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What Is A Scorecard?

December 3, 2015 at 2:45 PM

A scorecard is a mathematical model that is used to predict a certain outcome (for example the probability of default). The information used in a scorecard can vary, but common fields include demographic characteristics (e.g. age of applicant, number of dependants, time spent in current job) and credit bureau data (e.g. number of personal loans registered to applicant, worst arrears status on all account in the last 6 months). 

Scorecards are used throughout developed and many developing credit markets to assist risk managers determine with which customers to do business. 

Scorecards are made up of a number of characteristics, typically 7-15.  These characteristics represent “questions”.  The answers to these questions are known as attributes.  For example “How old are you?” would be the characteristic and “28” might be the attribute.  The weighting is the “score” assigned to the attribute.  Typically the higher the score the lower the risk. 

Characteristic Attribute Weighting  
Age of applicant 18-25 10  
  26-45  20  
  46+ 30 +
Number of dependants 0 25  
  1-3 15 +
  4+ 5  
TOTAL SCORE   45  

There are 2 characteristics that appear in this simplified scorecard: “Age of applicant” and “Number of dependants”.  Each applicant will be grouped into an attribute group under each characteristic and each attribute will be assigned a weighting.  For example Lindsay Loan is 48 (so she gets assigned under the 3rd attribute group for age, namely “46+”).  She has 3 children so she falls under the 1-3 dependant attribute group.  Next to each attribute group she receives the scores 30 and 15 respectively.  Her total score is therefore 30+15=45.  

Scorecards typically have cut-offs.  Above the cut-off would represent acceptable risk and below the cut-off unacceptable risk.  If the cut-off in our above example is 33 then Lindsay would be approved. 

Let’s take another 2 applicants.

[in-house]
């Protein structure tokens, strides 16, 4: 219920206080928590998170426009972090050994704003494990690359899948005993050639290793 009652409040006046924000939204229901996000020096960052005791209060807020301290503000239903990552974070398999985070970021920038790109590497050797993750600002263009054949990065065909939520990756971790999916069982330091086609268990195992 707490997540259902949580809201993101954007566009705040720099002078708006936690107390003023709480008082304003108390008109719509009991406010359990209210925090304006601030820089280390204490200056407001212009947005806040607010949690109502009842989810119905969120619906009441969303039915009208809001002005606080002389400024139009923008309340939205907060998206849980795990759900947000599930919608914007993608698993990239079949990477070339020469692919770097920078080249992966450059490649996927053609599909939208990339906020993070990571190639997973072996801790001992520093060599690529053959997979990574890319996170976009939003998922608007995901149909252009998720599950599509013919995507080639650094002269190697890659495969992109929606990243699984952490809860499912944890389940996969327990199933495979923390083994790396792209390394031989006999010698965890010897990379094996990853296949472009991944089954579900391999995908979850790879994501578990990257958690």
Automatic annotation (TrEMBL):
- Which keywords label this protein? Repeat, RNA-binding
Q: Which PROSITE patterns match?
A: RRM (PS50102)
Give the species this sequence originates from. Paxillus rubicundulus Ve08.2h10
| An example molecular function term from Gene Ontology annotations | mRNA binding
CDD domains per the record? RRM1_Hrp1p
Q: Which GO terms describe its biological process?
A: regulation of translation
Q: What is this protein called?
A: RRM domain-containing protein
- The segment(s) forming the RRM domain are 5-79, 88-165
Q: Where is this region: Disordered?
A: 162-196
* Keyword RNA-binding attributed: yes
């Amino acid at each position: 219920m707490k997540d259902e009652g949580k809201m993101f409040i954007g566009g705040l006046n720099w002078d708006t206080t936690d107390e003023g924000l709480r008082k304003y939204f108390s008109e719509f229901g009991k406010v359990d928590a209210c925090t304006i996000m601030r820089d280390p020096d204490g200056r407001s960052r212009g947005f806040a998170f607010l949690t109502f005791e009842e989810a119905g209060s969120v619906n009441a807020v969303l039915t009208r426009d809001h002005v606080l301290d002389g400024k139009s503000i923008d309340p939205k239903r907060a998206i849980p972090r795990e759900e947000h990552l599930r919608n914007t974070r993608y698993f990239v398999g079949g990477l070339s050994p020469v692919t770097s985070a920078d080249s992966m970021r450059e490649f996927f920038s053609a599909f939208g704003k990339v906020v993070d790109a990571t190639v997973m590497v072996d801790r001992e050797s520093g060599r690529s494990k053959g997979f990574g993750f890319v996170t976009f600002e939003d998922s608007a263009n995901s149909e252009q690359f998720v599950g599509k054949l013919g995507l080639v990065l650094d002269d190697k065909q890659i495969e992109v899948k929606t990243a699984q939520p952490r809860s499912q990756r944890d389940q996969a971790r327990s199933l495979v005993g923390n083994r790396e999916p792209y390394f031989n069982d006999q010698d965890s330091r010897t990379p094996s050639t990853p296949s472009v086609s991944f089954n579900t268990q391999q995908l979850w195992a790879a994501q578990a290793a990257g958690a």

Age Dependants
Lindsay Loan 48 3
Johnny Debt 23 1
William Default 33 0

The second applicant, Johnny Debt would get 10 points for “Age” and 15 points for dependants, resulting in a total score of 25.  Johnny would be declined by the scorecard. The third applicant Nick would receive scores of 20 and 25 totalling 45 points. Nick would be accepted. The scores could be represented on the following grid with the coloured squares representing the respective scores of the applicants in the examples (the red numbers being the scores below the cut-off):

A simple example of a 2 characteristics scorecard is displayed below:

 

 

 

Dependants

pts

25

15

5

pts

group

0

1-3

4+

Age

10

18-25

35

25

15

20

26-45

45

35

25

30

46+

55

45

35

Different Scorecards

Scorecards are used to predict a variety of different outcomes including: 

  1. A new applicant defaulting
  2. An existing loan defaulting
  3. An customer in arrears making a successful payment
  4. A customer spending more on her credit card in the next 6 months
  5. A consumer responding to a targeted marketing campaign
  6. A customer lapsing on an insurance premium
  7. A customer closing their account
  8. A customer skipping the country
  9. A customer moving to a competitor
  10. A customer having an insurance claim

All these models are built in a similar way, but with different input data and outcome predictors.

Thomas Maydon
Thomas Maydon
Thomas Maydon is the Head of Credit Solutions at Principa. With over 13 years of experience in the Southern African, West African and Middle Eastern retail credit markets, Tom has primarily been involved in consulting, analytics, credit bureau and predictive modelling services. He has experience in all aspects of the credit life cycle (in multiple industries) including intelligent prospecting, originations, strategy simulation, affordability analysis, behavioural modelling, pricing analysis, collections processes, and provisions (including Basel II) and profitability calculations.

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